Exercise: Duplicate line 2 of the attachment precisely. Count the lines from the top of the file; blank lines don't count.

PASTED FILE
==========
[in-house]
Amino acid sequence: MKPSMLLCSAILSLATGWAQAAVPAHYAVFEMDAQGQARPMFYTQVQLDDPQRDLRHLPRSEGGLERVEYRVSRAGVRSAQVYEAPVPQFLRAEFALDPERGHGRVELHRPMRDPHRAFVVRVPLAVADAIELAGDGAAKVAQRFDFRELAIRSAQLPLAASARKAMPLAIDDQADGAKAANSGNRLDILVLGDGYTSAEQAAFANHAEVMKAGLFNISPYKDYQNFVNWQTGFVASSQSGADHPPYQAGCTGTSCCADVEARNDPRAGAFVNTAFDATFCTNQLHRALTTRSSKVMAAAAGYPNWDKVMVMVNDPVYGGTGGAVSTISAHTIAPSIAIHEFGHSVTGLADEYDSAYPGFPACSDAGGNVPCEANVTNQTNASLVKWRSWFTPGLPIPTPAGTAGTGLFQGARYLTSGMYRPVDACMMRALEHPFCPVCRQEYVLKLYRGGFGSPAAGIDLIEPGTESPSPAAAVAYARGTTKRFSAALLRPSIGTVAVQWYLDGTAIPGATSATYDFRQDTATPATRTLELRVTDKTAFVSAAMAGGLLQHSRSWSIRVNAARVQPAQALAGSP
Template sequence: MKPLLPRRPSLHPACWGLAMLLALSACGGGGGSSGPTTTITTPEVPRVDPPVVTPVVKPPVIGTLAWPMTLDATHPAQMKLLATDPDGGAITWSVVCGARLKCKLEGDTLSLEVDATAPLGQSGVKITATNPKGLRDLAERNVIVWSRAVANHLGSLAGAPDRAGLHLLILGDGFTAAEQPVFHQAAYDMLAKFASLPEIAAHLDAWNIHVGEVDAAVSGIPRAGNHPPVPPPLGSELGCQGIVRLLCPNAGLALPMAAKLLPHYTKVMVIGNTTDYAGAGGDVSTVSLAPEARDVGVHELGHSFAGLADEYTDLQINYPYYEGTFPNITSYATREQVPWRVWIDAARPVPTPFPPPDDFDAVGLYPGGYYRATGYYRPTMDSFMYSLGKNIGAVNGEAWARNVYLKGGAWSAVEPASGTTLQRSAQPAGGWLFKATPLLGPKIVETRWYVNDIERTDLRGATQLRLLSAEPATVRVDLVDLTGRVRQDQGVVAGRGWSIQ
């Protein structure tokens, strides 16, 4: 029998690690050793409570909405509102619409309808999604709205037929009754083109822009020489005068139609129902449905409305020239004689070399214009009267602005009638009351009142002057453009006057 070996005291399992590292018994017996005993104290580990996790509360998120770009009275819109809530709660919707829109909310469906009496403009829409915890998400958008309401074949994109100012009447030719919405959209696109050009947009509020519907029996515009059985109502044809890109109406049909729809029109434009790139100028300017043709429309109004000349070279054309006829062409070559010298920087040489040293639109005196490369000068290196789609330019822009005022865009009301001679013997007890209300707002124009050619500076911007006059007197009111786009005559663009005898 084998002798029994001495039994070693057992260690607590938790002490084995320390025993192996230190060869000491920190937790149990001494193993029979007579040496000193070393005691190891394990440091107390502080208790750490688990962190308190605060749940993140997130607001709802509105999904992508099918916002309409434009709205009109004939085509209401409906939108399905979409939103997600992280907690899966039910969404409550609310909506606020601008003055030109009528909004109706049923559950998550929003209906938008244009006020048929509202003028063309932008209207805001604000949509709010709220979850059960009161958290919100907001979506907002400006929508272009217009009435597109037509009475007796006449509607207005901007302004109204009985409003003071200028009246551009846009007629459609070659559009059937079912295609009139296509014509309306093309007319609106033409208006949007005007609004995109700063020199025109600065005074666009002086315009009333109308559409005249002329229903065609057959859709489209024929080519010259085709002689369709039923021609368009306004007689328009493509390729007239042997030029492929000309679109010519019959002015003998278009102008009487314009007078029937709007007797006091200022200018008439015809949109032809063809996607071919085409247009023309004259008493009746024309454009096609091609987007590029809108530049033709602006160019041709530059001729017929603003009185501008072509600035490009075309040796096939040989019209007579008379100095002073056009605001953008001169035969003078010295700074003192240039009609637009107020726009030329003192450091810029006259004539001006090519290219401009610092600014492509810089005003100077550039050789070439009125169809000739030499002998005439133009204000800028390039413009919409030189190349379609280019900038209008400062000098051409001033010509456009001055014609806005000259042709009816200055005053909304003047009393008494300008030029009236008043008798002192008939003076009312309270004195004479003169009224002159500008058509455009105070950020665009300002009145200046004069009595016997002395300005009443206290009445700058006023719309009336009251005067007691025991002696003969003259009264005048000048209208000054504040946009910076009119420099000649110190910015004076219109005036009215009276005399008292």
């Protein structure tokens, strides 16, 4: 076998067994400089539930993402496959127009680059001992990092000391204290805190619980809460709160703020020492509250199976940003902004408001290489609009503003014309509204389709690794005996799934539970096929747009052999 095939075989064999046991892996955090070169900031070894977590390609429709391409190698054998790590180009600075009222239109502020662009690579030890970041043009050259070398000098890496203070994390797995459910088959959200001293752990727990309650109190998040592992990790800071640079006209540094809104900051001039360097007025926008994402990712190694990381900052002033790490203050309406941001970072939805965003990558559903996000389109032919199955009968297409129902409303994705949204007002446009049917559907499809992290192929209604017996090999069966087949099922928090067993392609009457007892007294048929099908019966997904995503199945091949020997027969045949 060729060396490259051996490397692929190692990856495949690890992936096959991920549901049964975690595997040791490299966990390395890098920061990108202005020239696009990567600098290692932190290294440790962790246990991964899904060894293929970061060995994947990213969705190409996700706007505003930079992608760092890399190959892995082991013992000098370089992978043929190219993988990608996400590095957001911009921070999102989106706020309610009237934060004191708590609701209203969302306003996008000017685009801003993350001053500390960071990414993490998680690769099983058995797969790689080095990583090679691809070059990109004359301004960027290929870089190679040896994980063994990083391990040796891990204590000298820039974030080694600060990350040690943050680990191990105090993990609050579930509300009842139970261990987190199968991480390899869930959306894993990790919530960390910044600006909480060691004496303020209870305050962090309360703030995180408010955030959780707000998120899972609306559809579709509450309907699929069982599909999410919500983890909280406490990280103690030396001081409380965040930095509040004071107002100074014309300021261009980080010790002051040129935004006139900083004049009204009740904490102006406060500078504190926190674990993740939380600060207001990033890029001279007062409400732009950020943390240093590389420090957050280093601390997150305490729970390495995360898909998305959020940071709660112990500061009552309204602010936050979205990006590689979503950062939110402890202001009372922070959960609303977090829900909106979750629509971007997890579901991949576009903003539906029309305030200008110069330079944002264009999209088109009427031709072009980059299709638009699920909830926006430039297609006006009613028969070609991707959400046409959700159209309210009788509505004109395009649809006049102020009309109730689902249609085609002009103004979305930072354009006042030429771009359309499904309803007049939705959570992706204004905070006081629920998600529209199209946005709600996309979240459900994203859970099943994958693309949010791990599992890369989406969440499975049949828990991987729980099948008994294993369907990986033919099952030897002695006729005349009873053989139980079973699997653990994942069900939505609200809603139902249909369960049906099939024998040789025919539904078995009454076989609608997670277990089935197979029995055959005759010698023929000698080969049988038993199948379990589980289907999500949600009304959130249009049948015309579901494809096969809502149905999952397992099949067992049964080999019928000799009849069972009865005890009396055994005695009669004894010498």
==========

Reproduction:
Amino acid sequence: MKPSMLLCSAILSLATGWAQAAVPAHYAVFEMDAQGQARPMFYTQVQLDDPQRDLRHLPRSEGGLERVEYRVSRAGVRSAQVYEAPVPQFLRAEFALDPERGHGRVELHRPMRDPHRAFVVRVPLAVADAIELAGDGAAKVAQRFDFRELAIRSAQLPLAASARKAMPLAIDDQADGAKAANSGNRLDILVLGDGYTSAEQAAFANHAEVMKAGLFNISPYKDYQNFVNWQTGFVASSQSGADHPPYQAGCTGTSCCADVEARNDPRAGAFVNTAFDATFCTNQLHRALTTRSSKVMAAAAGYPNWDKVMVMVNDPVYGGTGGAVSTISAHTIAPSIAIHEFGHSVTGLADEYDSAYPGFPACSDAGGNVPCEANVTNQTNASLVKWRSWFTPGLPIPTPAGTAGTGLFQGARYLTSGMYRPVDACMMRALEHPFCPVCRQEYVLKLYRGGFGSPAAGIDLIEPGTESPSPAAAVAYARGTTKRFSAALLRPSIGTVAVQWYLDGTAIPGATSATYDFRQDTATPATRTLELRVTDKTAFVSAAMAGGLLQHSRSWSIRVNAARVQPAQALAGSP